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Corruption


Article exclusively contributed by the Independent Commission Against Corruption

Trainee accountant at ethical crossroads


John was employed as a trainee accountant and reported to Patrick, the financial controller of ABC Company Ltd, which was planning to go public. Though Patrick and the directors were busy preparing the financial statements for the listing exercise, John noticed that they also found time for frequent lavish dinners and overseas golf trips with research analysts from some investment banks. In due course, the company received favourable reports from these analysts.

One day, John was asked to help in reconciling the records of certain business transactions and, when doing so, found that many of the financial documents were very similar. It appeared that some were even for identical transactions, but on different dates.

Feeling uneasy, John raised the matter with Patrick, only to be told that he should complete the task and that he could expect a promotion if he was loyal to the company. After the listing, Patrick then instructed John to adjust some management accounting data for the first annual report to make the company's prospects look rosier. This time, there was the promise of some share options in a subsidiary company which was being lined up for a separate listing. John was puzzled by what seemed to be going on. As a result, he decided to seek expert advice from the ICAC.

They explained that the company's senior management might be liable for conspiracy to defraud, if they had falsified sales and accounting records to meet the listing requirements. Also, both parties would have acted corruptly if the directors had offered bribes to the research analysts as a way of getting them to write favourable reports, which did not reflect the true situation.

According to Section 9 of the Prevention of Bribery Ordinance (PBO), an employee (the analysts in this case) commits an offence in accepting a bribe if he solicits or accepts an advantage as an inducement to, or reward for, doing any act in relation to his employer's affairs without the permission of his employer.

Any person who offers an advantage in these circumstances also commits an offence. It was assumed that the analysts did not have their employer's permission to accept advantages for writing favourable reports.

John learned that he might also be liable for taking part in criminal acts such as false accounting, particularly if he enjoyed personal gain by receiving share options or promotion. It was also professionally unethical for him, as a member of the accounting profession, to accept advantages for facilitating a fraudulent scheme.

Upon receiving John's report and after a thorough interview with him, the ICAC took action and investigated the company.

Q&A on corporate governance and ethics
Q1 What should a junior employee do if confronted with requests to conspire in illegal activities and the offering of bribes?
A1 An employee should exercise vigilance and sound judgment when faced with ethical dilemmas. He or she should be aware of the dire consequences of engaging in dubious or illegal conduct. It is best to establish if the expected conduct complies with the law and to check the company's code of conduct on required standards of behaviour. When in doubt, seek advice from superiors or someone who can be trusted. Finally, an employee can report any malpractice or illegal conduct to the company's senior management, the compliance officer, or make a direct report to the relevant authorities.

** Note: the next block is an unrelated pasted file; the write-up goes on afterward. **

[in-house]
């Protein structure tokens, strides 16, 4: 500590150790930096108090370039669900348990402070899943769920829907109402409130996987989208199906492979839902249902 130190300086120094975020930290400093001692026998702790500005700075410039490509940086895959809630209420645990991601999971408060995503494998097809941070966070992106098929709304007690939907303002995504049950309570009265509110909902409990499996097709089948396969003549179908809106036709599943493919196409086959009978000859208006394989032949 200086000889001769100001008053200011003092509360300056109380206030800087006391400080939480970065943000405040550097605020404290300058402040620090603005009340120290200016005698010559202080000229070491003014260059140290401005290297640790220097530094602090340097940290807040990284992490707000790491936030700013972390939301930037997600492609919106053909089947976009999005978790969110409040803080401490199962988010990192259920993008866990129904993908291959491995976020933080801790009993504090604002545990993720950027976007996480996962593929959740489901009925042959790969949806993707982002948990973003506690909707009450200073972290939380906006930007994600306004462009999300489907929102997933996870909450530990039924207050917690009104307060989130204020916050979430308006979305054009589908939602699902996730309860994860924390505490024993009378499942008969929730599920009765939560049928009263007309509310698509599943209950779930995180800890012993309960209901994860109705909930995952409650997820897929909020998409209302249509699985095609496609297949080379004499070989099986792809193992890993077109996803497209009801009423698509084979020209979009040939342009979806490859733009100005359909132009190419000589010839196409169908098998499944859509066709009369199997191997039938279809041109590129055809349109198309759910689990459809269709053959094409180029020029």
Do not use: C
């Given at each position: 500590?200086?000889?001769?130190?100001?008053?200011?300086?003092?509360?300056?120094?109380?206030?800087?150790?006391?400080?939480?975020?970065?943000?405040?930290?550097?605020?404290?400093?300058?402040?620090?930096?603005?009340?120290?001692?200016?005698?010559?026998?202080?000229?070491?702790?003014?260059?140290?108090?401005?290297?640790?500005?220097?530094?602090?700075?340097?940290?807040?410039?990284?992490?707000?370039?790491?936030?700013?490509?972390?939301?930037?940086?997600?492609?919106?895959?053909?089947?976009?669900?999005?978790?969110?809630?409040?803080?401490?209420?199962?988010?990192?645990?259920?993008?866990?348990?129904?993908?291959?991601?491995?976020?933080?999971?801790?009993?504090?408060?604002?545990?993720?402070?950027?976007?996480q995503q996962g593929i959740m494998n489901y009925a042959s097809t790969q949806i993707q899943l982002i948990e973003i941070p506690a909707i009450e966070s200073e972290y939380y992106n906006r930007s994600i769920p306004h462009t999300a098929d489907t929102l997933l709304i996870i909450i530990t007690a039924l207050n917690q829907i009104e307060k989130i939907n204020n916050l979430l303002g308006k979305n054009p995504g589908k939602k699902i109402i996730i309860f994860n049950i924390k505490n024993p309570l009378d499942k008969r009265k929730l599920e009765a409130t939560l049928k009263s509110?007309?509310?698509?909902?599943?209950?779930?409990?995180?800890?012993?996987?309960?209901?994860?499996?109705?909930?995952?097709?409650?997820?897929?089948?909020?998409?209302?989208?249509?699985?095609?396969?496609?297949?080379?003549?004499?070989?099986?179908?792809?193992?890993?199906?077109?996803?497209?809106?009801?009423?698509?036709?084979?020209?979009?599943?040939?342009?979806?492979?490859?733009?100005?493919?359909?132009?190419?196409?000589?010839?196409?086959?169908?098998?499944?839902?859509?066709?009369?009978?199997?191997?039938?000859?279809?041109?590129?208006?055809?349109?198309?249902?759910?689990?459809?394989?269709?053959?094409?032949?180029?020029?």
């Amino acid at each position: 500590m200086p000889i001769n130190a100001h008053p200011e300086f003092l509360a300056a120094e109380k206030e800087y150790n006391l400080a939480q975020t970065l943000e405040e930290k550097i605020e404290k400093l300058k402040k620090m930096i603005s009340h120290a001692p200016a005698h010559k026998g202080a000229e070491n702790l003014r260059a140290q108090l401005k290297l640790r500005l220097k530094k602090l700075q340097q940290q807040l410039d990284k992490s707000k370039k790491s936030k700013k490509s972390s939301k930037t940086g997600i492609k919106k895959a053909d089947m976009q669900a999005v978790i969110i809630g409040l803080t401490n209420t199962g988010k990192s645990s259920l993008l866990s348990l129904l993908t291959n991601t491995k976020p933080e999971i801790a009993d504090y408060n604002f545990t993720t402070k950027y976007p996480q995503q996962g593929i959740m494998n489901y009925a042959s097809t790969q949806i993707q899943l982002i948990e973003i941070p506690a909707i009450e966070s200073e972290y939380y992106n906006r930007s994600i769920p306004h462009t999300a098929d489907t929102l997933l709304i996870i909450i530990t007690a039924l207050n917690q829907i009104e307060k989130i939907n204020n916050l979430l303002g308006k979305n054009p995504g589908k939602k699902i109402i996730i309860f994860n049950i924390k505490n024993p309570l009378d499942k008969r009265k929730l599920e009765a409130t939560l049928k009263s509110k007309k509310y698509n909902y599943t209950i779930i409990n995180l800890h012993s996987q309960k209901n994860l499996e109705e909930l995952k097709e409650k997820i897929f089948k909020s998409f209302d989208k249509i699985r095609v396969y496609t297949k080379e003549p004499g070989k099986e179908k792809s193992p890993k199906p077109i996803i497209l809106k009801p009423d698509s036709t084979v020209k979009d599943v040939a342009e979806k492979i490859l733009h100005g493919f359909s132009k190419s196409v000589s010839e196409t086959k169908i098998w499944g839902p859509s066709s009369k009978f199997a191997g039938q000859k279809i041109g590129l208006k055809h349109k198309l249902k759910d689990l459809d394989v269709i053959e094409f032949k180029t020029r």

Q2 What should companies do to ensure good corporate governance and best financial practices?
A2 a) For publicly listed companies in particular, there should be proper internal control systems to ensure the timely and accurate disclosure of financial and non-financial information. Independent audit procedures should be in place to ensure all regulatory requirements are met.
b) Senior management should ensure there is a corporate code of conduct that clearly spells out the company's values. They should also provide corporate ethics training to make sure employees and business associates have no doubt about the required standards of ethical behaviour.
c) There should be a system for detecting illegal or unethical behaviour. When any wrongdoing is uncovered, the senior managers should take a close look at the root causes and do everything to prevent, detect and punish improper conduct.

Q3 Why does the ICAC promote good governance and ethics?
A3 The law only stipulates the minimum standards. A corporate culture underpinned by integrity and probity is the best defence against corruption and other illegal activities. The ICAC believes that, with high ethical standards, people can more readily resist the temptation to act corruptly and make the right decisions when facing ethical dilemmas. The ICAC provides free advice and education on the prevention of corruption, so that both public and private organisations can strengthen their governance and internal controls.

   
 
Source : For enquiries about this article or ICAC service, please contact the Hong Kong Ethics Development Centre at (tel) 2587 9812, (fax) 2824 9766 or (e-mail address) hkedc@crd.icac.org.hk


Taken from Career Times 29 July 2005

(Last review date: 23 August 2013)


Disclaimer: The opinions expressed in this article are those of the contributor

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